The U.S. Trade Representative (USTR) produced its annual Special 301 Report in April 2014.
Introduction - US Government Watch Lists for Copyright Piracy
The U.S. Trade Representative (USTR) produced its annual Special 301 Report in April 2014. This report is named after Section 301 (as amended) of the U.S. Trade Act of 1974 and, among other things, recommends reforms needed to address the theft of intellectual property and other barriers to overseas markets faced by U.S. industries that rely on copyright protection to produce movies, television programmes, music, software, video games, and books and journals.
The Special 301 Report also makes recommendations as to countries’ inclusion on the various ‘levels’ of U.S. watch lists (or indeed whether to not include a country on any list): Priority Foreign Country; Priority Watch List or Watch List. The 2014 Special 301 Report lists 10 countries on the Priority Watch List (Algeria, Argentina, Chile, China, India, Indonesia, Pakistan, Russia, Thailand and Venezuela) and 27 on the Watch List (down from 30 in 2013). Kuwait is the only GCC country to appear on the Watch List.
Kuwait and Intellectual Property Rights
Kuwait is a member of the World Trade Organization, a signatory to the Agreement on Trade Related Aspects of Intellectual Property Rights, a member of the World Intellectual Property Organization and recently a signatory of the Bern Convention for the Protection of Literary and Artistic Works and the Paris Convention for the Protection of Industrial Property. Hence, Kuwait is under an obligation to pass intellectual property laws meeting the minimum standards for the protection and enforcement of intellectual property rights.
Kuwait protects intellectual property by Law No. 64 of 1999. Article 42 stipulates that imprisonment and or financial penalty will be imposed on any person who:
a) infringes the owner’s rights;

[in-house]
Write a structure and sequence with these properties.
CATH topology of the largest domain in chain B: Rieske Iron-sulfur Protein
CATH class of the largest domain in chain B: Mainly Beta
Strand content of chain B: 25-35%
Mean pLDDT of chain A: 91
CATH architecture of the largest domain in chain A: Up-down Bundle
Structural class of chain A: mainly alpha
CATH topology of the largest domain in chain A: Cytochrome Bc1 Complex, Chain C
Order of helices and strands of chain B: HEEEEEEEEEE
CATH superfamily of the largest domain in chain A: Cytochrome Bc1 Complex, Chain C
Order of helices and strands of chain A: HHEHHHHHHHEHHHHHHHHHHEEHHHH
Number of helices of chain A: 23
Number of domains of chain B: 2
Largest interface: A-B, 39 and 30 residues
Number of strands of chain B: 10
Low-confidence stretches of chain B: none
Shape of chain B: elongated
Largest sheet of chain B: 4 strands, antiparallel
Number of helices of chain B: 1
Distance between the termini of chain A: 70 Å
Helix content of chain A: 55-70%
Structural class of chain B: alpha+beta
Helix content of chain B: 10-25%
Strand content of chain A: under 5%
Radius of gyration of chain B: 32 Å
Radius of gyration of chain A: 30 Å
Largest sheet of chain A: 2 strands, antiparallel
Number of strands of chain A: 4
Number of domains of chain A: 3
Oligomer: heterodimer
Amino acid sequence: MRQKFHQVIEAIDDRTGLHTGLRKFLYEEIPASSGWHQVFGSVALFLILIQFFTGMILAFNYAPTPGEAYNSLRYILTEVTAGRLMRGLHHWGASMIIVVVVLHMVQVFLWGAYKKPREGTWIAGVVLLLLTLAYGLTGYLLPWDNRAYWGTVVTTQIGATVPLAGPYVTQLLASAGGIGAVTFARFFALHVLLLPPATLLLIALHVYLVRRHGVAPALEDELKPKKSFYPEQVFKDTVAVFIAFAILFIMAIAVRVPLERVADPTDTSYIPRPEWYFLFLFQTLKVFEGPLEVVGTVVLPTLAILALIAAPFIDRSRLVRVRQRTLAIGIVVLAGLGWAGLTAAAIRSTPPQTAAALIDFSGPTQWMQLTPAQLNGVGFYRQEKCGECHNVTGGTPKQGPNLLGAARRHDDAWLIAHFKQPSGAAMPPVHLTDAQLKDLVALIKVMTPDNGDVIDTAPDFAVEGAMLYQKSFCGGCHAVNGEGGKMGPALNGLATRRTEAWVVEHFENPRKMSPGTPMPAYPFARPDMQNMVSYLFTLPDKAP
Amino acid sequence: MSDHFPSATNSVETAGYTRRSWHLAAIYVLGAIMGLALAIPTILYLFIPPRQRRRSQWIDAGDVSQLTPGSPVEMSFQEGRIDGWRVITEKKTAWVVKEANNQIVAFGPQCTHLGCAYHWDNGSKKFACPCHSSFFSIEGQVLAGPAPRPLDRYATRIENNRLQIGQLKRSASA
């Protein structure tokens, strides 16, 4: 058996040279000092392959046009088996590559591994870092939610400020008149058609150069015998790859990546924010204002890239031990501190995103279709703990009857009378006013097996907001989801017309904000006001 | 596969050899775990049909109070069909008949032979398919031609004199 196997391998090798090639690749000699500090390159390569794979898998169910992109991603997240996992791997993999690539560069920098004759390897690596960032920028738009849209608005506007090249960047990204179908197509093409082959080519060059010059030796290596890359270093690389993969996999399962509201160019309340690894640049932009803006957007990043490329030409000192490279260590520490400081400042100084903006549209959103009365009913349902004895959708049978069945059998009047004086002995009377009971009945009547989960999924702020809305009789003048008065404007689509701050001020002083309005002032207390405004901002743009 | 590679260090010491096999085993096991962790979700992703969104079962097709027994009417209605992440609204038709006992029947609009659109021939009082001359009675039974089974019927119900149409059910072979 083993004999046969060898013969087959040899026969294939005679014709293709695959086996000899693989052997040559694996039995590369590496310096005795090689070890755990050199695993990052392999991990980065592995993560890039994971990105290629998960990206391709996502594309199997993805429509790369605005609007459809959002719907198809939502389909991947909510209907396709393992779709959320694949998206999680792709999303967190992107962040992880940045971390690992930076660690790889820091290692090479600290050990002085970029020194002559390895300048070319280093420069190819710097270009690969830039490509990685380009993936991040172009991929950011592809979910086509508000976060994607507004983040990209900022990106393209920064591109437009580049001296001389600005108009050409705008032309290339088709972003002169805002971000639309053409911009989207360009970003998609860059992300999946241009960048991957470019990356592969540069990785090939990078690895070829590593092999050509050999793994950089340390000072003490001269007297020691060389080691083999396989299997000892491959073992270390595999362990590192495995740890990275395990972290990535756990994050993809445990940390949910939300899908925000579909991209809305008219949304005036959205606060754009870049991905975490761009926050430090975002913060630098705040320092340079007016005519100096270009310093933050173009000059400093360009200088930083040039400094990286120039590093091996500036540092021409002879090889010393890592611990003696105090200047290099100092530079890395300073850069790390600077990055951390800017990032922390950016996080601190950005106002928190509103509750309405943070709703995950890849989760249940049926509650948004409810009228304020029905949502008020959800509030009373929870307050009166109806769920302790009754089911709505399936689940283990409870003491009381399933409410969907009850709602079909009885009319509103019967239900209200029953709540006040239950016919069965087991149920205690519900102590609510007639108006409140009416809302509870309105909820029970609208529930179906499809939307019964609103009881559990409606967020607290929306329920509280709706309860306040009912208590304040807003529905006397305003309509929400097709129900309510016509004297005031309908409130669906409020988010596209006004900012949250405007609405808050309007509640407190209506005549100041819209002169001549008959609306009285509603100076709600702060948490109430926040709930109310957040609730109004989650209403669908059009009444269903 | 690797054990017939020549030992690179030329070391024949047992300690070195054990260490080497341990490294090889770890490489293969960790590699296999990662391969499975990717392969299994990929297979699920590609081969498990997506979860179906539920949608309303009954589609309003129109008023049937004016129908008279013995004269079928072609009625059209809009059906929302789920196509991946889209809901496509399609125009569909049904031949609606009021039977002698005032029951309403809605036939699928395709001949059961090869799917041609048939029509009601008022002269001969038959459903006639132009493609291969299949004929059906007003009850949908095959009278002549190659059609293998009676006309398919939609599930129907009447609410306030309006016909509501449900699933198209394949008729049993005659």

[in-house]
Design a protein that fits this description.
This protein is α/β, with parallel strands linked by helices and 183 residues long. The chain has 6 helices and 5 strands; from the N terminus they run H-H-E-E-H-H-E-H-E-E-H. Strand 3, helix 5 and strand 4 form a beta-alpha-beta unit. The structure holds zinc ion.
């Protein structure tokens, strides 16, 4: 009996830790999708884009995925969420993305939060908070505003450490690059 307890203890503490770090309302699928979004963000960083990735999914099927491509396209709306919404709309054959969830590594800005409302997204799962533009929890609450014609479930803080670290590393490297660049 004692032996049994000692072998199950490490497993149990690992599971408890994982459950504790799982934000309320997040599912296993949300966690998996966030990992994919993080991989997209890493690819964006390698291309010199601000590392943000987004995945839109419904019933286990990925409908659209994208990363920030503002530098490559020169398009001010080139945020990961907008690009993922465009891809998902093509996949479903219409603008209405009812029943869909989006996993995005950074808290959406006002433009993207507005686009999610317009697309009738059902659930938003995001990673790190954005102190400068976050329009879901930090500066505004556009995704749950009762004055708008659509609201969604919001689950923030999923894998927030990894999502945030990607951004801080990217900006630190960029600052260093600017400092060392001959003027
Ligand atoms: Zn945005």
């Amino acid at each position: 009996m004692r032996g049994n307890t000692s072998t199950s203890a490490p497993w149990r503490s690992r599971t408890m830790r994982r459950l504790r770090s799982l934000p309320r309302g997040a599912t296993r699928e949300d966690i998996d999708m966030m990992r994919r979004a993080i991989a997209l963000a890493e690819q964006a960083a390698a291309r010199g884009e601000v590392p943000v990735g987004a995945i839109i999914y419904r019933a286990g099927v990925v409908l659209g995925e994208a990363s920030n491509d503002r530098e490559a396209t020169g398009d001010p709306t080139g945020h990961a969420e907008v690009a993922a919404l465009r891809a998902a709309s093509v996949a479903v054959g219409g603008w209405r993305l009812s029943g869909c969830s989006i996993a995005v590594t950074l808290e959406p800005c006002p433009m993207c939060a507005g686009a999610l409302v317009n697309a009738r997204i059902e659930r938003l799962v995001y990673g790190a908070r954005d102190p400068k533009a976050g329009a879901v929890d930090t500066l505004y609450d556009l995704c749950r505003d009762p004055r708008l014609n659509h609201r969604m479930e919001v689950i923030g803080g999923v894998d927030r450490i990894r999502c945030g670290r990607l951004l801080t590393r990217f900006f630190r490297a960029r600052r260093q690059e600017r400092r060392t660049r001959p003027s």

b) sells or offers for sale or circulates or broadcasts to the public or brings in or out of the country an imitated literary work;
c) discloses or facilitates in the disclosure of computer software; or
d) removes or participates in the removal of property rights that regulates or limits public access to literary works.
In accordance with this law, authors may file their literary work before the National Library for protection of the work to be granted. The procedure for filing for copyright protection is quite simple as it starts with filing the application form and enclosing with hard and soft copies of the work. Copyright registration is relatively quick and easy and the copyright certificate can be received in as little as three days.
The protection of copyright rises above the mere protection of literary works, as it offers the central incentives for the creation of new valuable works and offers appropriate economic and moral rights to authors, performers, producers and publishers.
Nonetheless, copyright protection requires collective efforts from creators, distributors, law makers, and other parties, as the negative effects of copyright infringement take their toll on the economy and the cultural heritage of the country. The most common activity contravening to copyrights is illegal file sharing, specifically of music, television shows and movies. There are a number of websites available in the Middle East, which allow file sharing and streaming, such activity being done without authorization of authors and copyright holders. In many Western countries, such as the United States, Canada, the United Kingdom and Australia, authorities are actively involved in shutting down such websites and the infringers, through their IP addresses, are criminally pursued. In addition, rights-holders are pursuing individuals for their illegal activities, including individuals involved in the distribution of pirated movies. The countries named in the 2014 Special 301 report have a challenge to fight against copyright piracy and set up standards which are acceptable to their international counterparts.